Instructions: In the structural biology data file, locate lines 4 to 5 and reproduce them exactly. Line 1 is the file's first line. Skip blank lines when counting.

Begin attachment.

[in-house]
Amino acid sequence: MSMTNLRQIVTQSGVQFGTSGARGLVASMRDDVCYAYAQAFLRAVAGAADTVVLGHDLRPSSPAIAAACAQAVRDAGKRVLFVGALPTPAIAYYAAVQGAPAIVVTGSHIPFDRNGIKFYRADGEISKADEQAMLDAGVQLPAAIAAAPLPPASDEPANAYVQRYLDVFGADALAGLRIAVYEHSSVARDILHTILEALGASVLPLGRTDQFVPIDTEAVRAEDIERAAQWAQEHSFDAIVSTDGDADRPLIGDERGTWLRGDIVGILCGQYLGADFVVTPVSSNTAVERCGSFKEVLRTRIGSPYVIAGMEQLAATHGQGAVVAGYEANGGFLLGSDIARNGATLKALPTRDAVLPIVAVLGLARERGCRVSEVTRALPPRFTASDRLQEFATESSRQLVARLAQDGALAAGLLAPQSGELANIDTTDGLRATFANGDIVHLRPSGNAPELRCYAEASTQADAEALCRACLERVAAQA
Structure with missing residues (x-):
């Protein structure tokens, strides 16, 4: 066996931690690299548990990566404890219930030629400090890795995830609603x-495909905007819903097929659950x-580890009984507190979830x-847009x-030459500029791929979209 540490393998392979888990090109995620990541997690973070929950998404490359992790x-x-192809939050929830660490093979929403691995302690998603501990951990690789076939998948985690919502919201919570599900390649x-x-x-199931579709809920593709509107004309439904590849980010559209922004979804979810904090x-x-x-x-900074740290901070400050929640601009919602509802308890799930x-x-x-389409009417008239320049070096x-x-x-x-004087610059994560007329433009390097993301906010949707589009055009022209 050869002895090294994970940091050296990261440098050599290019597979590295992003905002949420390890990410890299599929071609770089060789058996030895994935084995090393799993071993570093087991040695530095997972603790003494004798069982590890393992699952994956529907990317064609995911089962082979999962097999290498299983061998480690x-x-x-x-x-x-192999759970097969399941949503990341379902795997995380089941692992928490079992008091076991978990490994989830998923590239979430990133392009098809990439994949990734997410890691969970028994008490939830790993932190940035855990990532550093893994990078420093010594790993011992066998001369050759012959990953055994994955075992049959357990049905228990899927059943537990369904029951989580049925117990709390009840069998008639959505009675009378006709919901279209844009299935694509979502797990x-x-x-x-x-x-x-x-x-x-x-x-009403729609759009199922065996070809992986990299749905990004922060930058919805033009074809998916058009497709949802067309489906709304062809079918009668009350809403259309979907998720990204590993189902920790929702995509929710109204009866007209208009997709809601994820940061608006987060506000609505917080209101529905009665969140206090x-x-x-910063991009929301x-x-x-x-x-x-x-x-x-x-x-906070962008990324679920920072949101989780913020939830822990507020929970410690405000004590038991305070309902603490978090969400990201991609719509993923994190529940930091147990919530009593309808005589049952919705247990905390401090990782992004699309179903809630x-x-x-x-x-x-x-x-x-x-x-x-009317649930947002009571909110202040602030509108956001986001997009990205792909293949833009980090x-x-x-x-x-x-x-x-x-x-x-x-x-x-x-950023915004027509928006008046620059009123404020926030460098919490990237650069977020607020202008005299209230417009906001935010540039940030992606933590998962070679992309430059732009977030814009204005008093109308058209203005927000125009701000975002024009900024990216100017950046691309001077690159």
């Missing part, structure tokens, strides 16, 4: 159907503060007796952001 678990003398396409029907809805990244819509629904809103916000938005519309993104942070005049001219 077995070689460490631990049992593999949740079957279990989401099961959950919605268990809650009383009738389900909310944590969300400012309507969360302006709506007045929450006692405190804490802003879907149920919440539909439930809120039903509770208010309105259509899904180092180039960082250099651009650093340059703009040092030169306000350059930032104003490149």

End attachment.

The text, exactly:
């Protein structure tokens, strides 16, 4: 066996931690690299548990990566404890219930030629400090890795995830609603x-495909905007819903097929659950x-580890009984507190979830x-847009x-030459500029791929979209 540490393998392979888990090109995620990541997690973070929950998404490359992790x-x-192809939050929830660490093979929403691995302690998603501990951990690789076939998948985690919502919201919570599900390649x-x-x-199931579709809920593709509107004309439904590849980010559209922004979804979810904090x-x-x-x-900074740290901070400050929640601009919602509802308890799930x-x-x-389409009417008239320049070096x-x-x-x-004087610059994560007329433009390097993301906010949707589009055009022209 050869002895090294994970940091050296990261440098050599290019597979590295992003905002949420390890990410890299599929071609770089060789058996030895994935084995090393799993071993570093087991040695530095997972603790003494004798069982590890393992699952994956529907990317064609995911089962082979999962097999290498299983061998480690x-x-x-x-x-x-192999759970097969399941949503990341379902795997995380089941692992928490079992008091076991978990490994989830998923590239979430990133392009098809990439994949990734997410890691969970028994008490939830790993932190940035855990990532550093893994990078420093010594790993011992066998001369050759012959990953055994994955075992049959357990049905228990899927059943537990369904029951989580049925117990709390009840069998008639959505009675009378006709919901279209844009299935694509979502797990x-x-x-x-x-x-x-x-x-x-x-x-009403729609759009199922065996070809992986990299749905990004922060930058919805033009074809998916058009497709949802067309489906709304062809079918009668009350809403259309979907998720990204590993189902920790929702995509929710109204009866007209208009997709809601994820940061608006987060506000609505917080209101529905009665969140206090x-x-x-910063991009929301x-x-x-x-x-x-x-x-x-x-x-906070962008990324679920920072949101989780913020939830822990507020929970410690405000004590038991305070309902603490978090969400990201991609719509993923994190529940930091147990919530009593309808005589049952919705247990905390401090990782992004699309179903809630x-x-x-x-x-x-x-x-x-x-x-x-009317649930947002009571909110202040602030509108956001986001997009990205792909293949833009980090x-x-x-x-x-x-x-x-x-x-x-x-x-x-x-950023915004027509928006008046620059009123404020926030460098919490990237650069977020607020202008005299209230417009906001935010540039940030992606933590998962070679992309430059732009977030814009204005008093109308058209203005927000125009701000975002024009900024990216100017950046691309001077690159």
């Missing part, structure tokens, strides 16, 4: 159907503060007796952001 678990003398396409029907809805990244819509629904809103916000938005519309993104942070005049001219 077995070689460490631990049992593999949740079957279990989401099961959950919605268990809650009383009738389900909310944590969300400012309507969360302006709506007045929450006692405190804490802003879907149920919440539909439930809120039903509770208010309105259509899904180092180039960082250099651009650093340059703009040092030169306000350059930032104003490149």